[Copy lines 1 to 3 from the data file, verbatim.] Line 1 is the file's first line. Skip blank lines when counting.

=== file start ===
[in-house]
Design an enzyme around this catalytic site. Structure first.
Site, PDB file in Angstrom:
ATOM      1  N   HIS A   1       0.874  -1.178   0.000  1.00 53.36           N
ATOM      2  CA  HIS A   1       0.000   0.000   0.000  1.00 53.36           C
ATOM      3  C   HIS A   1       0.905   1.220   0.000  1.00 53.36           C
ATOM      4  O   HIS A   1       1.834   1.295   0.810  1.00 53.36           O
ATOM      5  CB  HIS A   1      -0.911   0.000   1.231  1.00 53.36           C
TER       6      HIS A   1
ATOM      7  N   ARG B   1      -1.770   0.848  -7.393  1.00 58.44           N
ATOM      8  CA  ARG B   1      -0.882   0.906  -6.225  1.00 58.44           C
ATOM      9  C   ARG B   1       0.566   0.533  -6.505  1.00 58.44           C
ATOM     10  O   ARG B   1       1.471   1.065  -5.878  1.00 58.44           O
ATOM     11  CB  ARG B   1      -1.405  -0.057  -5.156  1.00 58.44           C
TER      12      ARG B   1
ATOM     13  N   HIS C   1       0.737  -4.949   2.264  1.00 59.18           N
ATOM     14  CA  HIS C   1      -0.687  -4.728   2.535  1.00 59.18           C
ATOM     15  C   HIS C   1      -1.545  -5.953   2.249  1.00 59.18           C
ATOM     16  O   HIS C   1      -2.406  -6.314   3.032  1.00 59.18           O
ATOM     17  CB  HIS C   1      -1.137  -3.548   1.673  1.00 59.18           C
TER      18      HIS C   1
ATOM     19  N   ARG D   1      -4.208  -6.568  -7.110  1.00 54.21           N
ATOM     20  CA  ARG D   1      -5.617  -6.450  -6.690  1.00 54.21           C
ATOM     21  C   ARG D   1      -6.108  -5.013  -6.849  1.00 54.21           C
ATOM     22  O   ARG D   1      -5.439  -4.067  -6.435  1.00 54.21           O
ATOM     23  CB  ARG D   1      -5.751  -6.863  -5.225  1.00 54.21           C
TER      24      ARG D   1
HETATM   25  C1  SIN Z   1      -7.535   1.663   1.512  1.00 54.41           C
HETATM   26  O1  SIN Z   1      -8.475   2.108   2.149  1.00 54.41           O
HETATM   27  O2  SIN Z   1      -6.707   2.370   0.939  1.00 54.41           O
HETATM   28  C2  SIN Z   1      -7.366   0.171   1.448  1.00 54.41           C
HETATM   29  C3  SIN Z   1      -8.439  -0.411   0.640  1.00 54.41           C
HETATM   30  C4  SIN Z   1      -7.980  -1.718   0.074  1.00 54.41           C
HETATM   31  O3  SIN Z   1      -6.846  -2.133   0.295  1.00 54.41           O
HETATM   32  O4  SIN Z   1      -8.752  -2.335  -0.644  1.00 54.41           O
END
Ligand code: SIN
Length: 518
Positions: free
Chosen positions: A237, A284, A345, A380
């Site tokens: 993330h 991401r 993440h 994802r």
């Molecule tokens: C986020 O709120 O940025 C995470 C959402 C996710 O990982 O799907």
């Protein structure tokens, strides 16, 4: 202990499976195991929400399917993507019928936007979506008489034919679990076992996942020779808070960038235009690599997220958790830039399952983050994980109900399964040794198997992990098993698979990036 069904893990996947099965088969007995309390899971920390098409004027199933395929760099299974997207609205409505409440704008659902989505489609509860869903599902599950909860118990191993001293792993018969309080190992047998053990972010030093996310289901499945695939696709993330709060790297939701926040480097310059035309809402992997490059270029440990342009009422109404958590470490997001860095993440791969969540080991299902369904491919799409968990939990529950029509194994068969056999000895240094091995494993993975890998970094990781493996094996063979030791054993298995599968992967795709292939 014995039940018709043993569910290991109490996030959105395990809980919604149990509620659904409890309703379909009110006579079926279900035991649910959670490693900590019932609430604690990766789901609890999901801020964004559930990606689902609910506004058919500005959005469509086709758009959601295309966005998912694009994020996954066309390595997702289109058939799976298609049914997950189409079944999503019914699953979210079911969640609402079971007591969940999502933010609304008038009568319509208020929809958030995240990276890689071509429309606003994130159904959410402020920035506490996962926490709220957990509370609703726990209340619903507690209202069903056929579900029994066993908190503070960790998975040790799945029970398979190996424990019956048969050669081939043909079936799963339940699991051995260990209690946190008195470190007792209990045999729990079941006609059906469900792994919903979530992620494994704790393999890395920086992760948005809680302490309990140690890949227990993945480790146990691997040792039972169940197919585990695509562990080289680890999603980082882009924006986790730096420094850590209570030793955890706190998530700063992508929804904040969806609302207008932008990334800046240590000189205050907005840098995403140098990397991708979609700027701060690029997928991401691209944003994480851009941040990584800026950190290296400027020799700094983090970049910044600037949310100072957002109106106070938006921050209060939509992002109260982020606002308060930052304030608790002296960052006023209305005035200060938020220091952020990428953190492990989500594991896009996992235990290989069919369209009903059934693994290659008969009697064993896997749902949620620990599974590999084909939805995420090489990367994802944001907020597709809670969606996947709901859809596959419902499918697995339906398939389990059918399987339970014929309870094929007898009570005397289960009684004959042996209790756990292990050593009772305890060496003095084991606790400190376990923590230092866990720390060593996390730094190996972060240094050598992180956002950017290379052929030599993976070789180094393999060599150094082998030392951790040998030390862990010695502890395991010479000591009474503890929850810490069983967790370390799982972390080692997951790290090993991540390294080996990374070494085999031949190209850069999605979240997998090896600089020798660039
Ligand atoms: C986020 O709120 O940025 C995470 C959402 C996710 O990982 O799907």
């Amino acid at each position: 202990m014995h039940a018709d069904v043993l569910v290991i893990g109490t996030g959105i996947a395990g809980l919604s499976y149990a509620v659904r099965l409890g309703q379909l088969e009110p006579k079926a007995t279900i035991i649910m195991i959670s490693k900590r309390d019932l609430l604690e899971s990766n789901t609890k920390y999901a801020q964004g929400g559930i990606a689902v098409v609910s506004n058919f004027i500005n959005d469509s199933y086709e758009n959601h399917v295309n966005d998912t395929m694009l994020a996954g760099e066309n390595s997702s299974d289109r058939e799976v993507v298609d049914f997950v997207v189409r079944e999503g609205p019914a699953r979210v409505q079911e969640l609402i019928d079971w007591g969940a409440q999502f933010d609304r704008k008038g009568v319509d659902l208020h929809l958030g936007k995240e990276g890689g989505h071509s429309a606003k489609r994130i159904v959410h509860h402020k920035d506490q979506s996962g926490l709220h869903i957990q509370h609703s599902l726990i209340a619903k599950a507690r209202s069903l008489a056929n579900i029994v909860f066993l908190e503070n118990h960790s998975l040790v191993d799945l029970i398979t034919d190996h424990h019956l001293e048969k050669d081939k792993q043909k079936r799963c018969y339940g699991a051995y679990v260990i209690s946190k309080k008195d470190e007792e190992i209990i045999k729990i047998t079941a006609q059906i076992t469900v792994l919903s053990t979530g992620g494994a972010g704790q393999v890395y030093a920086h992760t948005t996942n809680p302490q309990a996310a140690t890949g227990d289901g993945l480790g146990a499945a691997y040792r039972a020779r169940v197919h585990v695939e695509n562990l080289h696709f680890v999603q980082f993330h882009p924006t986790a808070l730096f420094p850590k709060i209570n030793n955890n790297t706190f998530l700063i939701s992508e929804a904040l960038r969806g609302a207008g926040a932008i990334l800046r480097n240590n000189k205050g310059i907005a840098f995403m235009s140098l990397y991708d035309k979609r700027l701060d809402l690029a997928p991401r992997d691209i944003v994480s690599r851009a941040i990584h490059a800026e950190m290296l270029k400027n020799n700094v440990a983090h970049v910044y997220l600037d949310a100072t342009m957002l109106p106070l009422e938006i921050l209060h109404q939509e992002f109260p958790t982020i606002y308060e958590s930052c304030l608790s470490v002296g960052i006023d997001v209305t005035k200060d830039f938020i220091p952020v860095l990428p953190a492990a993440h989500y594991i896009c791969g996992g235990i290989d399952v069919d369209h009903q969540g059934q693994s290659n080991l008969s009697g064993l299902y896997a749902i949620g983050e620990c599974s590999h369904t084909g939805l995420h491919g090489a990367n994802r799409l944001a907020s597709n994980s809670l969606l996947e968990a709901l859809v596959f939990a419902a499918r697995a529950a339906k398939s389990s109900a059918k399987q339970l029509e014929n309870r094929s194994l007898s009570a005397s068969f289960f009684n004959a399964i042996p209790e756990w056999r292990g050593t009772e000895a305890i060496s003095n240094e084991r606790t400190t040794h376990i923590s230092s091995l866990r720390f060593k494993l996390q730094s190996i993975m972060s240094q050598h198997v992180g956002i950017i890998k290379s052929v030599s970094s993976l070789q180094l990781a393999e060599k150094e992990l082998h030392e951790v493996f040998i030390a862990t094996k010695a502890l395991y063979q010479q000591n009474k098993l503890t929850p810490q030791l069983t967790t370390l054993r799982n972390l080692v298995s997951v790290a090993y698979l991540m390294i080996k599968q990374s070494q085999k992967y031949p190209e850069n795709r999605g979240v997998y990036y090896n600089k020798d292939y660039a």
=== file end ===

[in-house]
Design an enzyme around this catalytic site. Structure first.
Site, PDB file in Angstrom: